Remote work and climate change: Considerations for grid resilience in the 21st century

Ratner, Jacqueline J.; Westfallen, Vincent; Aguilar, Susanna; Schlegelmilch, Jeffrey

This paper explores how the unprecedented dependence on remote work since the start of the COVID-19 pandemic has affected the demand for electricity. The paper discusses how the increased dependence on information and communication technologies has driven a shift in the daytime demand for power, from the commercial sector to the residential sector, prompting changes in the way electric utilities plan for peak load demand. As the article goes on to argue, this exposes the growing need for greater grid resilience in order to safeguard the supply of electricity in the face of increasingly frequent potential disruptions such as extreme weather events. The paper finds that emergency planners and responders, public agencies, utilities and other public and private sector stakeholders will need to collaborate ever more closely when devising and implementing solutions as well as when responding to emergencies.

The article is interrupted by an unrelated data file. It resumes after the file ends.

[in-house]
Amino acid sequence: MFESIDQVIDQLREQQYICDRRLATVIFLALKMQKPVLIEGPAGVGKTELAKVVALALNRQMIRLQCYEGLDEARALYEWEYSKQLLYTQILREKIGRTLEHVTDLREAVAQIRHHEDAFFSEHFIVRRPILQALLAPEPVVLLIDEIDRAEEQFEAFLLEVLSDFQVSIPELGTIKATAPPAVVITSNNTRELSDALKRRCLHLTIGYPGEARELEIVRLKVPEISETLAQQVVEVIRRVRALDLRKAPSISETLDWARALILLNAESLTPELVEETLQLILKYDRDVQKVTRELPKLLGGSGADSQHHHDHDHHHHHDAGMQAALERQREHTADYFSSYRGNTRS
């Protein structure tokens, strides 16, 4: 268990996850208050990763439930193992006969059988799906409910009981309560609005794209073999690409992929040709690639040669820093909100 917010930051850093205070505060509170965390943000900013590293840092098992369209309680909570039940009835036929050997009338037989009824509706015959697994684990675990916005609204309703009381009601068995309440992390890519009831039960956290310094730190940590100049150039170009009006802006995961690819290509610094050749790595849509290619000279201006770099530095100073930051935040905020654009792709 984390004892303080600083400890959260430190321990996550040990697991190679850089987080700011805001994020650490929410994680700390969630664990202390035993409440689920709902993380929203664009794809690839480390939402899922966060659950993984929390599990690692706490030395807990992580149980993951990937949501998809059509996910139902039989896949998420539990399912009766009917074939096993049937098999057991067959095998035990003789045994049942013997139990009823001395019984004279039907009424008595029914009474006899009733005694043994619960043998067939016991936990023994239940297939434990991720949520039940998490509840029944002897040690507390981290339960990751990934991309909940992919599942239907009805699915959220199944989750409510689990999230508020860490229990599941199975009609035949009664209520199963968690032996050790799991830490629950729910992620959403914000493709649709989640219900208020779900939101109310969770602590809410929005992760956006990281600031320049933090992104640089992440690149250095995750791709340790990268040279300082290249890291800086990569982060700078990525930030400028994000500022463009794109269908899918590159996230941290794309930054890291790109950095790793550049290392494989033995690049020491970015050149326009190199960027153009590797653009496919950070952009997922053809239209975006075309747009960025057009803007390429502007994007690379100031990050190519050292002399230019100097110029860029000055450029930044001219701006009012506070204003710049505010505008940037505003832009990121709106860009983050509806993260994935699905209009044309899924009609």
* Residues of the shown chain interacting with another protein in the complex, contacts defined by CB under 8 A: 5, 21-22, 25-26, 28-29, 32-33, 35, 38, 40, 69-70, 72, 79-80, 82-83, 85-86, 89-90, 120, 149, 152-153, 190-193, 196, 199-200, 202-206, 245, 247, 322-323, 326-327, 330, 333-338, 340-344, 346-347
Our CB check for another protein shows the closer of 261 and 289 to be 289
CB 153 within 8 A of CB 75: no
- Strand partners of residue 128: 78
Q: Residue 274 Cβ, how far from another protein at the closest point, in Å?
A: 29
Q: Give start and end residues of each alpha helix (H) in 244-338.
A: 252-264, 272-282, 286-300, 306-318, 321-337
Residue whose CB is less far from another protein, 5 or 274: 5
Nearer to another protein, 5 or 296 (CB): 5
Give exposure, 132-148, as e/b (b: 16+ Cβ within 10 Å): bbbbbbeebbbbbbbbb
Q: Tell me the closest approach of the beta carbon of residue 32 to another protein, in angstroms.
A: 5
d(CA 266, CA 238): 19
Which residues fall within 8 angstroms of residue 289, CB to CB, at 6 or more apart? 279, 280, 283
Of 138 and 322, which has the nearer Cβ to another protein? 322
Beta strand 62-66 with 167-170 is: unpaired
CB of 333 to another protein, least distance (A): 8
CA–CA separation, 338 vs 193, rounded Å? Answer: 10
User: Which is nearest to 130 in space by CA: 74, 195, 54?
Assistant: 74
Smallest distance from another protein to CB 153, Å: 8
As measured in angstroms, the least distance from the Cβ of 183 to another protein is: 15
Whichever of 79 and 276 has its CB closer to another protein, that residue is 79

Keywords: electricity; energy; grid; remote work; resilience


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Also Published In

Journal of Business Continuity & Emergency Planning

More About This Work

Academic Units
National Center for Disaster Preparedness
Published Here
September 23, 2022